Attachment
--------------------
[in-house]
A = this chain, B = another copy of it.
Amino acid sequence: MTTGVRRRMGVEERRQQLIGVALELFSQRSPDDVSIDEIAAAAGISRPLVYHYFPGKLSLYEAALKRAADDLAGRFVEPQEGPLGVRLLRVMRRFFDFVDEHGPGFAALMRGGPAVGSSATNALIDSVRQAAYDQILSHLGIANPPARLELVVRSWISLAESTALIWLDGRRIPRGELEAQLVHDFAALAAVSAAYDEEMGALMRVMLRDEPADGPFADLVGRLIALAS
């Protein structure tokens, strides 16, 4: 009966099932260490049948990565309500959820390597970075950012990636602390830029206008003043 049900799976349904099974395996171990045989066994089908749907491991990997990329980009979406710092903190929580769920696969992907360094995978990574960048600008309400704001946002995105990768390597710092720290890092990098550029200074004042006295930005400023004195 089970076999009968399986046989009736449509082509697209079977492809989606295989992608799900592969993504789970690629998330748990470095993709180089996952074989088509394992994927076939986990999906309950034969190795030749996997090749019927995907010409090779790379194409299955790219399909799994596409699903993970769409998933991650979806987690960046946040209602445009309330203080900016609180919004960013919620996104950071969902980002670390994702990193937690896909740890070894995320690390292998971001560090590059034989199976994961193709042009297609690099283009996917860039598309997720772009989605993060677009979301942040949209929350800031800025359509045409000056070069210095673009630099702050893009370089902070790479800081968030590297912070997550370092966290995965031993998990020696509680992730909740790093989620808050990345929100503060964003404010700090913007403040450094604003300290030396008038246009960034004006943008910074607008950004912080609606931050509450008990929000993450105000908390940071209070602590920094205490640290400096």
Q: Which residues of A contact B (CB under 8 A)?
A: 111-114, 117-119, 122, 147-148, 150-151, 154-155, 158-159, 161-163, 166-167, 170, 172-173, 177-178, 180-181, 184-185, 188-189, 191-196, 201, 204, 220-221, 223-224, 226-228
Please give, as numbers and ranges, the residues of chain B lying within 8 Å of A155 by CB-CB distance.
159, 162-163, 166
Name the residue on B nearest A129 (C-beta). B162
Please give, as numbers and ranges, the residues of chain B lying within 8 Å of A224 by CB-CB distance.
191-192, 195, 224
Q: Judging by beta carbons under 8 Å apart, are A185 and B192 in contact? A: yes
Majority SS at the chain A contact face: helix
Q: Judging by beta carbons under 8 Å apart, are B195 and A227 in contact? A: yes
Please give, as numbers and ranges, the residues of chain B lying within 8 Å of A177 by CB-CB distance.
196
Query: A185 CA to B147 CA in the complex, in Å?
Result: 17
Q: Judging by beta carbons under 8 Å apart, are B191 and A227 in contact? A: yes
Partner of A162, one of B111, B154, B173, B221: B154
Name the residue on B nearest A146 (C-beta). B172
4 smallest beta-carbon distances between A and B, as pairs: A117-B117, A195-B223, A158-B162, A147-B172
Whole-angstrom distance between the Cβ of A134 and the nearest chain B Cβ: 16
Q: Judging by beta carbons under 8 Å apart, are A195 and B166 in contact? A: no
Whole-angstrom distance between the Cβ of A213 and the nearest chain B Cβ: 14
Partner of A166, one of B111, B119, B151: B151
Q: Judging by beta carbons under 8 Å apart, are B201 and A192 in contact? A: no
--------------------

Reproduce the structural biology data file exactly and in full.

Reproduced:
[in-house]
A = this chain, B = another copy of it.
Amino acid sequence: MTTGVRRRMGVEERRQQLIGVALELFSQRSPDDVSIDEIAAAAGISRPLVYHYFPGKLSLYEAALKRAADDLAGRFVEPQEGPLGVRLLRVMRRFFDFVDEHGPGFAALMRGGPAVGSSATNALIDSVRQAAYDQILSHLGIANPPARLELVVRSWISLAESTALIWLDGRRIPRGELEAQLVHDFAALAAVSAAYDEEMGALMRVMLRDEPADGPFADLVGRLIALAS
């Protein structure tokens, strides 16, 4: 009966099932260490049948990565309500959820390597970075950012990636602390830029206008003043 049900799976349904099974395996171990045989066994089908749907491991990997990329980009979406710092903190929580769920696969992907360094995978990574960048600008309400704001946002995105990768390597710092720290890092990098550029200074004042006295930005400023004195 089970076999009968399986046989009736449509082509697209079977492809989606295989992608799900592969993504789970690629998330748990470095993709180089996952074989088509394992994927076939986990999906309950034969190795030749996997090749019927995907010409090779790379194409299955790219399909799994596409699903993970769409998933991650979806987690960046946040209602445009309330203080900016609180919004960013919620996104950071969902980002670390994702990193937690896909740890070894995320690390292998971001560090590059034989199976994961193709042009297609690099283009996917860039598309997720772009989605993060677009979301942040949209929350800031800025359509045409000056070069210095673009630099702050893009370089902070790479800081968030590297912070997550370092966290995965031993998990020696509680992730909740790093989620808050990345929100503060964003404010700090913007403040450094604003300290030396008038246009960034004006943008910074607008950004912080609606931050509450008990929000993450105000908390940071209070602590920094205490640290400096």
Q: Which residues of A contact B (CB under 8 A)?
A: 111-114, 117-119, 122, 147-148, 150-151, 154-155, 158-159, 161-163, 166-167, 170, 172-173, 177-178, 180-181, 184-185, 188-189, 191-196, 201, 204, 220-221, 223-224, 226-228
Please give, as numbers and ranges, the residues of chain B lying within 8 Å of A155 by CB-CB distance.
159, 162-163, 166
Name the residue on B nearest A129 (C-beta). B162
Please give, as numbers and ranges, the residues of chain B lying within 8 Å of A224 by CB-CB distance.
191-192, 195, 224
Q: Judging by beta carbons under 8 Å apart, are A185 and B192 in contact? A: yes
Majority SS at the chain A contact face: helix
Q: Judging by beta carbons under 8 Å apart, are B195 and A227 in contact? A: yes
Please give, as numbers and ranges, the residues of chain B lying within 8 Å of A177 by CB-CB distance.
196
Query: A185 CA to B147 CA in the complex, in Å?
Result: 17
Q: Judging by beta carbons under 8 Å apart, are B191 and A227 in contact? A: yes
Partner of A162, one of B111, B154, B173, B221: B154
Name the residue on B nearest A146 (C-beta). B172
4 smallest beta-carbon distances between A and B, as pairs: A117-B117, A195-B223, A158-B162, A147-B172
Whole-angstrom distance between the Cβ of A134 and the nearest chain B Cβ: 16
Q: Judging by beta carbons under 8 Å apart, are A195 and B166 in contact? A: no
Whole-angstrom distance between the Cβ of A213 and the nearest chain B Cβ: 14
Partner of A166, one of B111, B119, B151: B151
Q: Judging by beta carbons under 8 Å apart, are B201 and A192 in contact? A: no